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++ Very nice start to a tutorial -- and on a topic that continues to need it, as recent criticism suggests.

I have a few corrections and comments.

sub new { my $self = shift; register( $self );

It should be:

sub new { my $class = shift; my $self = register( $class );

That's the longhand approach for clarity of what the arguments mean. my $self = register( shift ) would be shorthand.

When provided with a single, non-reference argument, register treats it as a class name and will return a reference to an anonymous scalar blessed into the given class. Thus, considering this question:

$manager->{phone} = '555-1313'; # {{what is the behavior of this??}}

If you use the new() example I give above, this will die with an error as $manager is a reference to a scalar, not a hash.

Note that if you use an anonymous hash reference (using an alternate style of register):

sub new { my $class = shift; my $self = register( {}, $class ); # register does the bless, too

Then $manager->{phone} = '555-1313' will work as usual, but will have nothing to do with the value retrieved by $manager->phone().

Aren't inside-out objects fun?

public birthday => my %birthday, { set_hook =>; \&_set_birthday };

Extra semicolon. set_hook => \&_set_birthday

Return values from get_hook are ignored; the accessor expects that get_hook will simply modify '$_'.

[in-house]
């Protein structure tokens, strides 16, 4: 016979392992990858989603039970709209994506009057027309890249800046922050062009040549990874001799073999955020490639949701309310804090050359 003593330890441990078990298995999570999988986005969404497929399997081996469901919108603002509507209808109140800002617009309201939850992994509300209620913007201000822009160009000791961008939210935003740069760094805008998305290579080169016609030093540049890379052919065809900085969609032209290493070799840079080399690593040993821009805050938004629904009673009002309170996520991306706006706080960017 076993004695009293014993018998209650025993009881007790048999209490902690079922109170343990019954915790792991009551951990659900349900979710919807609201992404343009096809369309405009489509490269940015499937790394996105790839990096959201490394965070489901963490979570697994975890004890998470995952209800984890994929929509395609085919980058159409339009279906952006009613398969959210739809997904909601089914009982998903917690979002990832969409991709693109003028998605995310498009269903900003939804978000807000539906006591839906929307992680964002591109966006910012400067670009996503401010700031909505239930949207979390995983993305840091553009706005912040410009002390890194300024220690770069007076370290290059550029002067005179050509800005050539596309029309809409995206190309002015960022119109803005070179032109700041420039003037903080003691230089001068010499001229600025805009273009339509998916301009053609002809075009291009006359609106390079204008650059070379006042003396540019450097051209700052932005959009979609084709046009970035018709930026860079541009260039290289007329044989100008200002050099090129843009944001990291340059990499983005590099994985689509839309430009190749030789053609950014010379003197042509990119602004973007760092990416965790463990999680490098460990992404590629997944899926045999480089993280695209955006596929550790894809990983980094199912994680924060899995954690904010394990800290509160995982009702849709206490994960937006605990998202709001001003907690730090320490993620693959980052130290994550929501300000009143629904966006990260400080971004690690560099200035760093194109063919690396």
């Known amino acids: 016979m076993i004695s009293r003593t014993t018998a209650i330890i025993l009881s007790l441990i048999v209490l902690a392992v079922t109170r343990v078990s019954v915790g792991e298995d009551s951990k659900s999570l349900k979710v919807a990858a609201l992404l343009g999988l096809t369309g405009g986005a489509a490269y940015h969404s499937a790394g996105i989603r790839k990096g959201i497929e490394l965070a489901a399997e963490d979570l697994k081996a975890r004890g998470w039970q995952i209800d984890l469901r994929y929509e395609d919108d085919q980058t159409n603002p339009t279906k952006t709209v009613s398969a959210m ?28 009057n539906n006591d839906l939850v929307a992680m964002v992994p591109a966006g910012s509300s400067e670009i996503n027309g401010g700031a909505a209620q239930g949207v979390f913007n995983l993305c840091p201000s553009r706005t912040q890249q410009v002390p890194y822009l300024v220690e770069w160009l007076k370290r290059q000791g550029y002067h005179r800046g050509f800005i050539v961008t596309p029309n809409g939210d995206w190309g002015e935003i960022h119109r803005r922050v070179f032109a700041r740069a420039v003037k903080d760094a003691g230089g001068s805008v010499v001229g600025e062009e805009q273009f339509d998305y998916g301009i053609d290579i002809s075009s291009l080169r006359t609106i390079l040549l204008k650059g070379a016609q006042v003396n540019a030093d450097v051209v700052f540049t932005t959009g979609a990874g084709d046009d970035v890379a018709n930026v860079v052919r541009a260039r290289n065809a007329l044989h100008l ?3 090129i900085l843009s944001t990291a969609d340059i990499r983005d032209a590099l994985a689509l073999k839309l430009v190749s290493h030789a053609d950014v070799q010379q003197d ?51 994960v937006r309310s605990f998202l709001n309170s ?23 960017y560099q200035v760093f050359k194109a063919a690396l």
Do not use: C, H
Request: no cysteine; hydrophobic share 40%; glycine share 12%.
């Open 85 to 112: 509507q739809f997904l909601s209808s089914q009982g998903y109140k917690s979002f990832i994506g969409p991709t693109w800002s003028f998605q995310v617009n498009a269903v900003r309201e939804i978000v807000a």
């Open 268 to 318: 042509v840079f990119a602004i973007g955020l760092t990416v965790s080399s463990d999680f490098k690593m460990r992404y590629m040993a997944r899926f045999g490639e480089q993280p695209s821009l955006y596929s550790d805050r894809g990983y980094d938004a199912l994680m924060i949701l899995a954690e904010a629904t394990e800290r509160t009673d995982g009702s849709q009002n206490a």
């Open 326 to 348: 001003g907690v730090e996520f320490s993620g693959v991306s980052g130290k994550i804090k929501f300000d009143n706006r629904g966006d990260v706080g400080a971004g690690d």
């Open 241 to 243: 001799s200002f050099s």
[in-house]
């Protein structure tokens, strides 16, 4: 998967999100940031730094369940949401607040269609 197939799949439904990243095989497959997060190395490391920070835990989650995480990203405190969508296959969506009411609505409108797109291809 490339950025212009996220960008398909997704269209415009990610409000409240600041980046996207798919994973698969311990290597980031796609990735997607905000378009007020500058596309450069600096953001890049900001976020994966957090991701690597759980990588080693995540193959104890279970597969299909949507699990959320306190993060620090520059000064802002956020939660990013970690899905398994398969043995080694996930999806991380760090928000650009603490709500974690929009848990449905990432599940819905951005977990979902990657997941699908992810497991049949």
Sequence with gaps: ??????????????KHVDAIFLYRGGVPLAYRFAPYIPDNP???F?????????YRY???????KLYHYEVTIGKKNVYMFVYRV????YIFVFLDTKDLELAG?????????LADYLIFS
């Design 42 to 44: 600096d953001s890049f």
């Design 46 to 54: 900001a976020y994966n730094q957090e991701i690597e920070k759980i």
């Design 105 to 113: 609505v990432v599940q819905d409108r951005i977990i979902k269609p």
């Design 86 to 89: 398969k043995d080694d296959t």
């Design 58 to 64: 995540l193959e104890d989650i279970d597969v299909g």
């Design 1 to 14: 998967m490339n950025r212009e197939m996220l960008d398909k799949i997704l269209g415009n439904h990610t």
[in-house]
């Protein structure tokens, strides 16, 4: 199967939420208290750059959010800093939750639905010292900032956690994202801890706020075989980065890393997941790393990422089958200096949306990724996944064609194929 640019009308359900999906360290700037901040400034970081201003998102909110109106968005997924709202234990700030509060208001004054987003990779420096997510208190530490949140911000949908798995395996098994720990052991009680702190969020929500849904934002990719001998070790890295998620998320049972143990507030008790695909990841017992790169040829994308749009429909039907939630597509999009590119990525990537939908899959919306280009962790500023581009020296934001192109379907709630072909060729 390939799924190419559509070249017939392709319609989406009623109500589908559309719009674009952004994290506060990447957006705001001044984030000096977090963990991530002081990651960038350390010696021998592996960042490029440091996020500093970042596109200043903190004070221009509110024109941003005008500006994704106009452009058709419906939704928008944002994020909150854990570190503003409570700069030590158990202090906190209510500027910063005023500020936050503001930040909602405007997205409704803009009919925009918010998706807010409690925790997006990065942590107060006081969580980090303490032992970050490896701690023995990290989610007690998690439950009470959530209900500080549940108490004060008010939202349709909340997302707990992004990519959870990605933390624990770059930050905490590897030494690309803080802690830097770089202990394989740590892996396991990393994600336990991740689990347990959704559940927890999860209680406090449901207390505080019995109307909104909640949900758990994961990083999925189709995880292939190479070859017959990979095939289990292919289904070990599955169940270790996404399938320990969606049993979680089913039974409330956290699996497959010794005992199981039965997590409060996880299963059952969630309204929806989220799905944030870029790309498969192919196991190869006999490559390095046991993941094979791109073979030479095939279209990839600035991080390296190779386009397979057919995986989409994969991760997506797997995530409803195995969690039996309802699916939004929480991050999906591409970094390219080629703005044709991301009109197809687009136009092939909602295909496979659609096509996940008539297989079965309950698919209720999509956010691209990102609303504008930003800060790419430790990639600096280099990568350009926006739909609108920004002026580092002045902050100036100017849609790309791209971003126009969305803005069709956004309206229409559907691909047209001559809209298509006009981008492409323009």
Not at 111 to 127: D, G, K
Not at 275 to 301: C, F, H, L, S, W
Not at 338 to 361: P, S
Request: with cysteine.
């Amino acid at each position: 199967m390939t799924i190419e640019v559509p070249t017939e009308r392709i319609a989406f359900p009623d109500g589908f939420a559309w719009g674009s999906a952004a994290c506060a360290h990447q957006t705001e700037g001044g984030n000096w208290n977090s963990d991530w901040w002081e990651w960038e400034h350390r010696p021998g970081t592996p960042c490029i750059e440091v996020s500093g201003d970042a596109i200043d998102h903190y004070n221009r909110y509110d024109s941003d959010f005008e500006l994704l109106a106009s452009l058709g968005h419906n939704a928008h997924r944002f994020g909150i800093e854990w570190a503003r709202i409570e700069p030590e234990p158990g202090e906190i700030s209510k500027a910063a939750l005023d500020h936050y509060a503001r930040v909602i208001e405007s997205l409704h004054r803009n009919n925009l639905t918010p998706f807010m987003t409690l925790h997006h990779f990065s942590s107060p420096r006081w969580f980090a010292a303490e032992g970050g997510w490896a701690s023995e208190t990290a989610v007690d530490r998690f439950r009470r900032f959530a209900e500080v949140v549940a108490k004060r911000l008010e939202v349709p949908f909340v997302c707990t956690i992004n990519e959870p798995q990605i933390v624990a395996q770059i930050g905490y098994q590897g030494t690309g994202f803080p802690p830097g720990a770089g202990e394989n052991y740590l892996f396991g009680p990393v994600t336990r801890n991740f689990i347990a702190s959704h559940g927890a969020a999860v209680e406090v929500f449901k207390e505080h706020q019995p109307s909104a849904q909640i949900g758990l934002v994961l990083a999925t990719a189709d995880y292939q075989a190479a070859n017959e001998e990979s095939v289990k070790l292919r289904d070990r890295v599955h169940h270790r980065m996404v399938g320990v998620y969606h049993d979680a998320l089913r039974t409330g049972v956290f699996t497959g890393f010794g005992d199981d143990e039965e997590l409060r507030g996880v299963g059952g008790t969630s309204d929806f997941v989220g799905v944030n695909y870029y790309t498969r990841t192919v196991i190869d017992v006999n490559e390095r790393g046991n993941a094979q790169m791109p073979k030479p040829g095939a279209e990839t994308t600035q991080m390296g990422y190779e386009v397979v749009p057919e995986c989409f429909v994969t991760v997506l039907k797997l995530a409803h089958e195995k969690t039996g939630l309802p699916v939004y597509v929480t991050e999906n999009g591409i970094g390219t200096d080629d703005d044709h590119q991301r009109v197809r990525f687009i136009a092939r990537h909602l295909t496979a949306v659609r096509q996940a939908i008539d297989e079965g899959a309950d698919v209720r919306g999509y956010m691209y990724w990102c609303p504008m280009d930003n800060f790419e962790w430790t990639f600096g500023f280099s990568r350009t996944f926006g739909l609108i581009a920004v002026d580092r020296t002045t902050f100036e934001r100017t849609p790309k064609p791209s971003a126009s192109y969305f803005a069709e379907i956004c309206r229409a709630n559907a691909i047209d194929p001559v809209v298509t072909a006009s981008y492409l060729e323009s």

This is incorrect. The behavior isn't symmetric with set_hook. For get_hook, $_ is a copy of the attribute -- you can modify it without affecting what is stored. The return value of the get_hook is returned from the accessor. Your example just happens to work because the last thing you do is $_ = strftime and that is what gets returned. You could also have done this:

sub _get_birthday { strftime '%m/%d/%Y', localtime( $_ ); # but NOT just localtime() }

But again, your tutorial has a nice build-up from simple to more advanced concepts, around a well-defined example (date storage). With some editing and clarifications from feedback here and elsewhere in the thread, it will probably be something I'm happy to either link to in the Class::InsideOut documentation or possibly even add as Class::InsideOut::Tutorial.

One thing you might want to clarify a bit more is the id() function and its importance in generating the unique ID for a object.

I also wouldn't describe Class::Std as "deprecated" -- I'm not a big fan, but it's certainly in use. It is very good for dealing with complex class hierarchies (as one would expect of a module by TheDamian) but I think it errs by not being more fundamentally robust.

My YAPC::NA 2006 presentation is another potential reference you could add.


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In reply to Re: RFR: Inside-out classes - a Class::InsideOut primer by xdg
in thread RFR: Inside-out classes - a Class::InsideOut primer by radiantmatrix

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